Britons have been urged to raise an ‘army of volunteers’ to help people trapped in self-isolation during the coronavirus crisis.
Efforts are underway at local and national level to recruit thousands of volunteers to make sure those staying at home do not suffer food shortages and other practical needs, as well a debilitating sense of loneliness.
The moves follow a call by Prime Minister Boris Johnson for a “wholehearted national effort” that would see millions of people mobilised to “help and support each other”.
National charities are in discussions over the best way of coordinating the efforts of those who want to help.
St John Ambulance, which has 10,000 active health volunteers, including healthcare professionals, said it was ready to step up its work in the face of the epidemic.
Richard Lee, Chief Operating Officer of St John Ambulance: “We work closely with other charities such as Age UK and the British Red Cross to help relieve pressure on the NHS in times of need and have been working throughout the winter to do so. We are ready to provide any extra support required as a consequence of the COVID-19 outbreak.”
At the same time dozens of local initiatives have already sprung up, with community groups setting up data banks of residents willing to help out.
St Margaret’s Church, in West Hoathly, West Sussex, has set up a ‘find a phone buddy’ scheme to encourage people to link up with neighbours before they go into self-isolation, and is putting vulnerable groups such as the elderly in touch with community schemes to provide them with weekly shopping.
In Walthamstow, north east London, a data bank of volunteers has been set up by the area’s locum MP Kizzy Gardiner, with the aim of marshalling people who can “deliver food parcels, check in on the elderly and ensure food banks are well stocked”.
Ms Gardiner is also urging constituents to set up street WhatsApp groups as a means of keeping in touch and providing essentials to self-isolating neighbours.
“That way we can make sure that everyone gets the support they need,” she said. “It’s very important that people take the time to talk and to check up on their neighbours. Lots of people in Walthamstow have been in touch asking how they can help others at this time.”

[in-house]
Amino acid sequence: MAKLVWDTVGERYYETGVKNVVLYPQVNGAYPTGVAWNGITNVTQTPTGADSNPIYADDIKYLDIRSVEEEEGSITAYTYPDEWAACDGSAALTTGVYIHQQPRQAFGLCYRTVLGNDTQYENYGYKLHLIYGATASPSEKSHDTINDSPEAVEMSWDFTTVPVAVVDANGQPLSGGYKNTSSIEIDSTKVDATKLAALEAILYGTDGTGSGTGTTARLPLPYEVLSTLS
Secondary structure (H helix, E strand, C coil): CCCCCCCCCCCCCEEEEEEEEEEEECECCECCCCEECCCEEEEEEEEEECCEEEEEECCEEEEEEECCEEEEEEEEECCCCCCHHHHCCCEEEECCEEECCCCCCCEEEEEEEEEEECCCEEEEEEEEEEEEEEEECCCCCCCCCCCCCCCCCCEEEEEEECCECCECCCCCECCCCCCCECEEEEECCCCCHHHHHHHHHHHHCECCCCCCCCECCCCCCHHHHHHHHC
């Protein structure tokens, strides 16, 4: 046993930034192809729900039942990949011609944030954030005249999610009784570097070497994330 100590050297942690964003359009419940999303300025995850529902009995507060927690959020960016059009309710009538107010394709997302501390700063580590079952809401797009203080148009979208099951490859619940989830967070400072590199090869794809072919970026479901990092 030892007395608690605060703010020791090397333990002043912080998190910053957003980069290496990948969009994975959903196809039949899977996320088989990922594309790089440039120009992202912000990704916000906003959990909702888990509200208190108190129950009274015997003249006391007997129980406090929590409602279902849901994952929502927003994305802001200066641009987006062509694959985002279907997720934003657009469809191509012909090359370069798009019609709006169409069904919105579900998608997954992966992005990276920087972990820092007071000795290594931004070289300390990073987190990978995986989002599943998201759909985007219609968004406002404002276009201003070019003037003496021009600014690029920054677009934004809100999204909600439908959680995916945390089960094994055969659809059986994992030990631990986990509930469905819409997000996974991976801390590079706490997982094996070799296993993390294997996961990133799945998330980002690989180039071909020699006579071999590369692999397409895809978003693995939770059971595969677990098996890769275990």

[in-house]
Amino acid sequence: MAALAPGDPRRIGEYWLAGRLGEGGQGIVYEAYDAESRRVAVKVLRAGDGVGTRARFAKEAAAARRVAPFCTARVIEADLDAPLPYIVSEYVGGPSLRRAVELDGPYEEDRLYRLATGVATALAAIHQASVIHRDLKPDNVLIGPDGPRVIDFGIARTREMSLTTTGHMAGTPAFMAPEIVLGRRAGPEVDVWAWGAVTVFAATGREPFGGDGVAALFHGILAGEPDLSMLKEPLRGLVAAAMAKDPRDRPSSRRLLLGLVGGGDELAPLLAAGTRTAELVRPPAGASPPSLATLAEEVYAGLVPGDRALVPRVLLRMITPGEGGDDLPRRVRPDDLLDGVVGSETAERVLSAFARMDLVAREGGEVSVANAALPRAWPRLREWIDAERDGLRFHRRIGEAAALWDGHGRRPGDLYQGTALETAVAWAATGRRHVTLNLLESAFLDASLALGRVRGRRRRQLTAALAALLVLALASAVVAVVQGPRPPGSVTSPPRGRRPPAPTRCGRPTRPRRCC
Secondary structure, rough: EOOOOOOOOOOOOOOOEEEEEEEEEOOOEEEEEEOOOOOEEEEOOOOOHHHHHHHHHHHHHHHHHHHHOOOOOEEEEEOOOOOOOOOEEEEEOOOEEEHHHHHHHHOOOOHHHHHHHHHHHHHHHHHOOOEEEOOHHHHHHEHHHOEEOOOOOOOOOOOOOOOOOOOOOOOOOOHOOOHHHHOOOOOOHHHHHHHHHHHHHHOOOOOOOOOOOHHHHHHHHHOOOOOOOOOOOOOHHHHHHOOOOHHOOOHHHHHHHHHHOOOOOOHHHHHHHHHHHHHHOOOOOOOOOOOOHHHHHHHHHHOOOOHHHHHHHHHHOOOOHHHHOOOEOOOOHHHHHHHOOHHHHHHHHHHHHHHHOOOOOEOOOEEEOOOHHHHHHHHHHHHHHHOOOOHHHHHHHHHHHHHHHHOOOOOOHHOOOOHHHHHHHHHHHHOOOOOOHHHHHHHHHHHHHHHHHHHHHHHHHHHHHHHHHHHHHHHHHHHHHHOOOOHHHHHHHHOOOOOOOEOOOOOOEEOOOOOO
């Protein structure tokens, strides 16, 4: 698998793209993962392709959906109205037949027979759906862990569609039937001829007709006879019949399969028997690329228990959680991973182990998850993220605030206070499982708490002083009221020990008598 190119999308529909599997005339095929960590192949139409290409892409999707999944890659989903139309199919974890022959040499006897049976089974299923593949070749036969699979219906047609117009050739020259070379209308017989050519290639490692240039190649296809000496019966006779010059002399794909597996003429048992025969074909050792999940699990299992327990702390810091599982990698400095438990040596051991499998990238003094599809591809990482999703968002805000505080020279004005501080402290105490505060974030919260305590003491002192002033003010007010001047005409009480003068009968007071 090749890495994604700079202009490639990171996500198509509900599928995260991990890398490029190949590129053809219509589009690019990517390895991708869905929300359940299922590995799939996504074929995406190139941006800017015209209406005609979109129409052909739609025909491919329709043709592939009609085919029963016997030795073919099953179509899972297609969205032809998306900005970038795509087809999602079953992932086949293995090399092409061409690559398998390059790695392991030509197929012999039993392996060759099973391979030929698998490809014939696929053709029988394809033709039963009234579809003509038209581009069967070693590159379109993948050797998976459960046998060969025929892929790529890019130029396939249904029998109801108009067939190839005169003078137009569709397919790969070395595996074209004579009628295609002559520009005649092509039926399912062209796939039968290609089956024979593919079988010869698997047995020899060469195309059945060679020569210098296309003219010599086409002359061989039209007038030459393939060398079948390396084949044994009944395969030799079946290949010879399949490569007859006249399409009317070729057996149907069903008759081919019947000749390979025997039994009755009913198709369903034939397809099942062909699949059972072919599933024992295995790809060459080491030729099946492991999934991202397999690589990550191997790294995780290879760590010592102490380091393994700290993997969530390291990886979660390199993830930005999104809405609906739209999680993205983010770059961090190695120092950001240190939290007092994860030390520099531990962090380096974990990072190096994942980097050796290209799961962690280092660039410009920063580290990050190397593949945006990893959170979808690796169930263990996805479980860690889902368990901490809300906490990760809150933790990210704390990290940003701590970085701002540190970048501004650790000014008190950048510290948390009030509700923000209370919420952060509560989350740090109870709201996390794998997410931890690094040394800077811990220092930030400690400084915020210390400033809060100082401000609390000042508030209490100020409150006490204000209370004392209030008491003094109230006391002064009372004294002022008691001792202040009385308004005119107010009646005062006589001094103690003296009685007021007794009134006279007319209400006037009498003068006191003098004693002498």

A similar initiative is already taking place in north Dorset, with doctor’s surgeries and local MPs backing the distribution of leaflets with details of residents willing to pick up supplies and carry out basic tasks for neighbours.
Sharing the leaflet on Twitter West Dorset MP Chris Loder said: “In coming weeks and months we are all going to need to look out for our families, friends and neighbours. I’m glad to share this simple initiative for those in our communities who need assistance but don’t know how (or who) to ask.”
Similar efforts are underway in south London, where Sarah Jones, the MP for Croydon Central has called for people to step forward to help.
In her appeal Ms Jones said: “I know there is deep concern across our community about the spread of coronavirus, but that there are also many people asking how they can help. This is not a time to panic, but a time to prepare.
“The Prime Minister has just given a statement calling for a “wholehearted national effort” of volunteering across the country over the coming weeks.”
She added: “I am gathering a database of people who may want to be in a position to help with voluntary work that may become necessary, such helping ensure elderly people have the supplies they need at home.”
Government advisers have said such efforts are essential to ensure those who go into self-isolation with symptoms of the virus do not feel abandoned.
Susan Michie, professor of health psychology at University College London, who is advising the Government’s Scientific Advisory Group for Emergencies on its response to the coronavirus outbreak, said: “I think it’s important to really look out for everyone in the community – food deliveries, setting up phone rotas to check how people are. There are lots of little things that can be done to make sure that they feel that other people are caring. We really need to engender that sort of spirit.”
She added: “A psychological effect of isolation and quarantining is depression and frustration and loneliness.
“In order for everybody to prepare in advance, it’s not just, do I have enough toilet paper, but have I got enough [material] to keep myself entertained, have I got channels of communication so I can keep in touch with people so I can get help and support, how can I structure my days so its as manageable as possible?
“A lot of people may not have comfortable houses to live in. They may not have the internet, they may not have a television, they may not be able to read. It is so important that these situations are recognised and catered for.”
One national food bank charity is appealing for more volunteers and increased Government funding, warning that those most vulnerable and living in poverty could be placed at increased risk of hunger as the coronavirus epidemic worsens
FareShare said that it anticipates it could see a significant increase in demand for its service in the event of school, workplace and public space closures.
Lindsay Boswell, FareShare Chief Executive, said: “The situation around Coronavirus is unprecedented and developing fast, and we are working as a UK-wide network of redistribution organisations to meet the changing needs of local organisations on the ground and ensure we are best prepared for all possible outcomes.”